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Mark J. Chin

Mark J. Chin, Lena Shi.
Given states’ balanced budget requirements, investment decisions often involve trade-offs between policymakers’ budget priorities. How does political party control affect investment decisions and outcomes? Using a regression discontinuity design based on close state elections between 1984-2013, we find that marginally Democratic legislatures spend more on higher education in states with higher unemployment and poverty rates. However, Democrats spend less on K-12 education, particularly in more liberal states. Democrats do not appear to decrease K-12 spending to increase higher education, but rather, to fund welfare. Gains in local revenue offset party differences in K-12 spending such that current expenditures in K-12 increase and student-teacher ratios decrease under Democrats, though not enough to change attendance rates. Increased welfare spending under Democrats appear consistent with their redistributive goals that also benefit their constituents, as health insurance coverage for non-White children also expand. Altogether our results indicate that policymakers make spending decisions while considering constituents’ needs and the availability of external budget sources.

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Mark J. Chin.

In this paper I study the impact of court-mandated school desegregation, which began in the late 1950s, on White individuals’ racial attitudes and politics in adulthood. Using geocoded nationwide data from the General Social Survey, I compare outcomes between respondents living in the same county who were differentially exposed to desegregated schools, based on respondent age and the year of court-mandated integration. With this differences-in-differences approach, I find that exposure to desegregated schools increased White individuals’ conservatism and negatively impacted their racial attitudes and support for policies promoting racial equity, such as affirmative action. Heterogeneity analyses indicate that effects are particularly pronounced in counties where opposition to integration was strongest: Southern counties desegregating after the passage of the Civil Rights Act of 1964 and counties where support for the Democratic presidential candidate between the 1960 and 1968 elections substantially decreased. My study provides causal evidence for key tenets of the contact hypothesis, which theorizes that Black-White contact in integrated schools can improve outgroup racial attitudes only under certain conditions, including when this intergroup contact has institutional support.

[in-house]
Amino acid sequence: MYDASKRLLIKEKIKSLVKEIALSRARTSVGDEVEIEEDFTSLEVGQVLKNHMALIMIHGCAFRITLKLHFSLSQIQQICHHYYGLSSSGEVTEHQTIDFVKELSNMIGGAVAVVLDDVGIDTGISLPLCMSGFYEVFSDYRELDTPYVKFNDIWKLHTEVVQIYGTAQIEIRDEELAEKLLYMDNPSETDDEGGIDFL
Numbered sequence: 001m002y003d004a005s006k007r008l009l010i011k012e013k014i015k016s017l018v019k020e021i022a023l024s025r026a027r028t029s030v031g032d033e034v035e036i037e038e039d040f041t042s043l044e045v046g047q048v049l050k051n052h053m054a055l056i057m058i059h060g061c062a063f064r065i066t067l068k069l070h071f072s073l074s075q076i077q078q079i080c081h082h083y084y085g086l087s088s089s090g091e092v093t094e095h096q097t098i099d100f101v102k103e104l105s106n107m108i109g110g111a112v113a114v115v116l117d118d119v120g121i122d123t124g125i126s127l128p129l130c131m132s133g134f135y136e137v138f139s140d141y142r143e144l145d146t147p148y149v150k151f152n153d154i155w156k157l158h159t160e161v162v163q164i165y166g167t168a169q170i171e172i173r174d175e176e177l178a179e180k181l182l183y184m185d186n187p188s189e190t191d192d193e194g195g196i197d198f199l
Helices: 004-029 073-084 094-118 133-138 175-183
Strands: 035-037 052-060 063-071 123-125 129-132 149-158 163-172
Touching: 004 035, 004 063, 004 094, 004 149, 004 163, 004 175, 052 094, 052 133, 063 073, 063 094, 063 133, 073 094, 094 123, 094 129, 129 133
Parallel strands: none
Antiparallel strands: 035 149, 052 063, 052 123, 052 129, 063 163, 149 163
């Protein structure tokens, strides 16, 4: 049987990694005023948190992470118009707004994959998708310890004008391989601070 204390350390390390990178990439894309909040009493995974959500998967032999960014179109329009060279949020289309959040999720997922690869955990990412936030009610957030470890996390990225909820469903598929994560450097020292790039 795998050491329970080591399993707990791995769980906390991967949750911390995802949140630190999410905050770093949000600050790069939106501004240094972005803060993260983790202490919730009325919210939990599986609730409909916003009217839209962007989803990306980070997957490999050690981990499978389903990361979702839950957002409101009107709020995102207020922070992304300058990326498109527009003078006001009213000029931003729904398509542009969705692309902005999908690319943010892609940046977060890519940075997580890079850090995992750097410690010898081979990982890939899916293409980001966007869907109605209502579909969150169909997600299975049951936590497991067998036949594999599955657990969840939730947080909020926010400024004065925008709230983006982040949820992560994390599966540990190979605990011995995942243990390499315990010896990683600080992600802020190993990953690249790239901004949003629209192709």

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Mark J. Chin, David M. Quinn, Tasminda K. Dhaliwal, Virginia S. Lovison.

Theory suggests that teachers’ implicit racial attitudes affect their students, but we lack large-scale evidence on US teachers’ implicit biases and their correlates. Using nationwide data from Project Implicit, we find that teachers’ implicit White/Black biases (as measured by the implicit association test) vary by teacher gender and race. Teachers’ adjusted bias levels are lower in counties with larger shares of Black students. In the aggregate, counties in which teachers hold higher levels of implicit and explicit racial bias have larger adjusted White/Black test score inequalities and White/Black suspension disparities.

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